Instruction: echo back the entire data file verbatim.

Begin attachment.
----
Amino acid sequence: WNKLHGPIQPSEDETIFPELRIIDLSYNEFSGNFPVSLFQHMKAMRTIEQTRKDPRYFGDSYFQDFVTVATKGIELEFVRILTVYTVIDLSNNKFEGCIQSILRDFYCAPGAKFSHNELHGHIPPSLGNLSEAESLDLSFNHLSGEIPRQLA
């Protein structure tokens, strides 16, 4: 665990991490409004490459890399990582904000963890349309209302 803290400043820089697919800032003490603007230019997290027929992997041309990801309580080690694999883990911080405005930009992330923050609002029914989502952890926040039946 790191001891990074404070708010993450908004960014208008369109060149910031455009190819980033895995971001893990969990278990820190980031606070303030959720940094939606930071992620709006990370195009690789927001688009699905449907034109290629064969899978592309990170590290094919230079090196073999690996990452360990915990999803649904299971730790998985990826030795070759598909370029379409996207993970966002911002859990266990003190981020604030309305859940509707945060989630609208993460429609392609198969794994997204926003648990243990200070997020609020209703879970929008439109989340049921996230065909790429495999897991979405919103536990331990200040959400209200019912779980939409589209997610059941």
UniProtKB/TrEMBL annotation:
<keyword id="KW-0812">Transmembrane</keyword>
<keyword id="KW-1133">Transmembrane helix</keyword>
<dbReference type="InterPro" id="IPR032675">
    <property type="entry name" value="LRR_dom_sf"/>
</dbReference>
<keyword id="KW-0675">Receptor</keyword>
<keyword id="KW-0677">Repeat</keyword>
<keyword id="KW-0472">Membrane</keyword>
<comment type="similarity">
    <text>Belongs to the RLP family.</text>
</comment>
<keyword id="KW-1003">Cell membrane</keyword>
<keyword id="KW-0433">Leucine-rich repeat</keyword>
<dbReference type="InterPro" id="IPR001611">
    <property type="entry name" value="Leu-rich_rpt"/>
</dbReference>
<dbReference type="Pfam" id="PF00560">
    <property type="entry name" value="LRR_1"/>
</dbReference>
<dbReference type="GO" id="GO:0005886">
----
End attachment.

Amino acid sequence: WNKLHGPIQPSEDETIFPELRIIDLSYNEFSGNFPVSLFQHMKAMRTIEQTRKDPRYFGDSYFQDFVTVATKGIELEFVRILTVYTVIDLSNNKFEGCIQSILRDFYCAPGAKFSHNELHGHIPPSLGNLSEAESLDLSFNHLSGEIPRQLA
């Protein structure tokens, strides 16, 4: 665990991490409004490459890399990582904000963890349309209302 803290400043820089697919800032003490603007230019997290027929992997041309990801309580080690694999883990911080405005930009992330923050609002029914989502952890926040039946 790191001891990074404070708010993450908004960014208008369109060149910031455009190819980033895995971001893990969990278990820190980031606070303030959720940094939606930071992620709006990370195009690789927001688009699905449907034109290629064969899978592309990170590290094919230079090196073999690996990452360990915990999803649904299971730790998985990826030795070759598909370029379409996207993970966002911002859990266990003190981020604030309305859940509707945060989630609208993460429609392609198969794994997204926003648990243990200070997020609020209703879970929008439109989340049921996230065909790429495999897991979405919103536990331990200040959400209200019912779980939409589209997610059941």
UniProtKB/TrEMBL annotation:
<keyword id="KW-0812">Transmembrane</keyword>
<keyword id="KW-1133">Transmembrane helix</keyword>
<dbReference type="InterPro" id="IPR032675">
    <property type="entry name" value="LRR_dom_sf"/>
</dbReference>
<keyword id="KW-0675">Receptor</keyword>
<keyword id="KW-0677">Repeat</keyword>
<keyword id="KW-0472">Membrane</keyword>
<comment type="similarity">
    <text>Belongs to the RLP family.</text>
</comment>
<keyword id="KW-1003">Cell membrane</keyword>
<keyword id="KW-0433">Leucine-rich repeat</keyword>
<dbReference type="InterPro" id="IPR001611">
    <property type="entry name" value="Leu-rich_rpt"/>
</dbReference>
<dbReference type="Pfam" id="PF00560">
    <property type="entry name" value="LRR_1"/>
</dbReference>
<dbReference type="GO" id="GO:0005886">